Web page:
I think when I do this it’s called a pull-quote:

The irony is that this kind of argument is a form of Islamophobia itself, both because it demonstrates actual fear of Muslims (they might bomb us) and because it caricatures them as all the same, all equally thin-skinned and all interested in nothing beyond upholding the dignity of their holy prophet. But in fact Muslims (whether they know it or not; many do) have much more than other people to gain from a lifting of the taboo on criticising any aspect of their religion, whether Sharia law, the Koran or the personality of Mohammed.

This is exactly right. If the over-sensitive cultural taboo wasn’t so keenly and aggressively in place, then cartoonists and satirists wouldn’t find it nearly such a rich vein of subject matter. Magazines wouldn’t bother putting the images in question on their covers, because there’d be no worthwhile point to be made by doing so; and so the extremists subgroups wouldn’t keep firebombing people and reinforcing the public image of Muslims as violent reactionaries who the rest of us ought to fear. Surely that unfortunately widespread perception is more damaging and hurtful to the majority of Muslims than the occasional drawing of their prophet.

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Now a cartoon doesn’t even have to have the Muslim prophet in it at all to be refused by multiple newspapers, presumably out of fear of some sort of retribution.

Here it is:

It’s a straight-forward play on the “Where’s Wally?” series of books and other assorted media, with a reference to the fact that depictions of Muhammad are especially controversial at the present time.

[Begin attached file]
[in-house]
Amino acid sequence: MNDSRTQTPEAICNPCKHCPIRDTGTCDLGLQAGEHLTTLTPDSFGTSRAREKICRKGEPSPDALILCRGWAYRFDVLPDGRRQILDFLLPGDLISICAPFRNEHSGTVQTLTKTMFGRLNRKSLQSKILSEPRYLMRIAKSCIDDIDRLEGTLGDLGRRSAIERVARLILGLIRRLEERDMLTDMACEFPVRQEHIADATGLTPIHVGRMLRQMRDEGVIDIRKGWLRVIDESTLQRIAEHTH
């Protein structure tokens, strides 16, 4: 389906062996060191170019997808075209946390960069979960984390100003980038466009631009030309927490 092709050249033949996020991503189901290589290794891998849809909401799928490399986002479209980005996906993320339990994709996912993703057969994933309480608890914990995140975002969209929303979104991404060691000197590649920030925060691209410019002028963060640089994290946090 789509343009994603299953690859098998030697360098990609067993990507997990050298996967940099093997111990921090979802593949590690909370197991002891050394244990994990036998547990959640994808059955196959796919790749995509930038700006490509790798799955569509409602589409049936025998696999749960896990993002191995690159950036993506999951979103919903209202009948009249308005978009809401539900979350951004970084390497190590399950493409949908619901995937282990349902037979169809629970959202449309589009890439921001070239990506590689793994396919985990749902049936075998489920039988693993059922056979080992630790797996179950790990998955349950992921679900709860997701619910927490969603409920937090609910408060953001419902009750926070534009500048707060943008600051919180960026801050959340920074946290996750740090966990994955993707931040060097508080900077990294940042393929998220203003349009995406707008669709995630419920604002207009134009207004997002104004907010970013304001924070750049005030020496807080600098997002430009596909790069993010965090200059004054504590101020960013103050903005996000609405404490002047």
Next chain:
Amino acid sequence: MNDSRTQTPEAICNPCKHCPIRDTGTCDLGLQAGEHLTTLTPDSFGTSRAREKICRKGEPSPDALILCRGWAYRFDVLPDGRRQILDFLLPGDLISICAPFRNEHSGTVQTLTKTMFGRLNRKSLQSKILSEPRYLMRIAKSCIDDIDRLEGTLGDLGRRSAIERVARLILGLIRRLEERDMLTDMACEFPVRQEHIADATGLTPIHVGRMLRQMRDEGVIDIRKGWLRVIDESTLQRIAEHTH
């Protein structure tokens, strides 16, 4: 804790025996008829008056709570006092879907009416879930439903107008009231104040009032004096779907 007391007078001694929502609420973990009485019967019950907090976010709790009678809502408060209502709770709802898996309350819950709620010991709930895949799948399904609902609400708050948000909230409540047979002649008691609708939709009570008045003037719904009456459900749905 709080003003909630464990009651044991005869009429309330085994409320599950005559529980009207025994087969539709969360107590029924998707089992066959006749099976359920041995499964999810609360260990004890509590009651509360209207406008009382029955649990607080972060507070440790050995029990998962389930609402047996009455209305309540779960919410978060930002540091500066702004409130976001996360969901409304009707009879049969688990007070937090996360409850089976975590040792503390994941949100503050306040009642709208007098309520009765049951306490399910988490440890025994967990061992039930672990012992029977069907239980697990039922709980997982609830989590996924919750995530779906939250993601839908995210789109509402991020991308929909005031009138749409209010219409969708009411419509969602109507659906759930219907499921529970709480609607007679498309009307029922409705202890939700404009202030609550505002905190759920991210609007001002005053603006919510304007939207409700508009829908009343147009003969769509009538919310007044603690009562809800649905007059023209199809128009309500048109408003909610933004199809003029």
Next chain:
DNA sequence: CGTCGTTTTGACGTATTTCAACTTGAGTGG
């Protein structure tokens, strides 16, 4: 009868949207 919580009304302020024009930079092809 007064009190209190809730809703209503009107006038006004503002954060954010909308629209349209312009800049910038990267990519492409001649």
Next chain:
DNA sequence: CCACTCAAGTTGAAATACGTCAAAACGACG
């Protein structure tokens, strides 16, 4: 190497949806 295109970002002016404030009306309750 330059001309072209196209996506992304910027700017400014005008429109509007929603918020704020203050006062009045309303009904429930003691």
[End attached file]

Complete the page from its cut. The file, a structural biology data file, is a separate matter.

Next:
It doesn’t actually include an image of Muhammad. But people are scared of the repercussions anyway. And the Muslim extremists who they’re scared of want us to feel like this.

That’s not the only thing they want, obviously. It’s not quite as simple as using this rejection of a cartoon strip as a bellwether for whether or not the terrorists have won. But it’s an interesting state of mind to contemplate; that they genuinely want us to be living in fear of offending them with an entirely innocuous expression of free speech.

I’m still touting defiance as a worthwhile response. I just hope I never have to get scared myself of what will happen as a result of my doing something like this.

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I somehow missed that it’s International Blasphemy Day today until pretty late in the evening. Just for the sake of keeping up appearances, I’ll repeat a few things from last time:

– I deny the divinity of the holy spirit.

– Here’s a picture I made of the prophet Muhammed doing a dance: O-Z—<

– I believe in and worship your preferred god/gods, and fully subscribe to your belief system of choice. And now I don't, they're all fake. Universal apostasy FTW.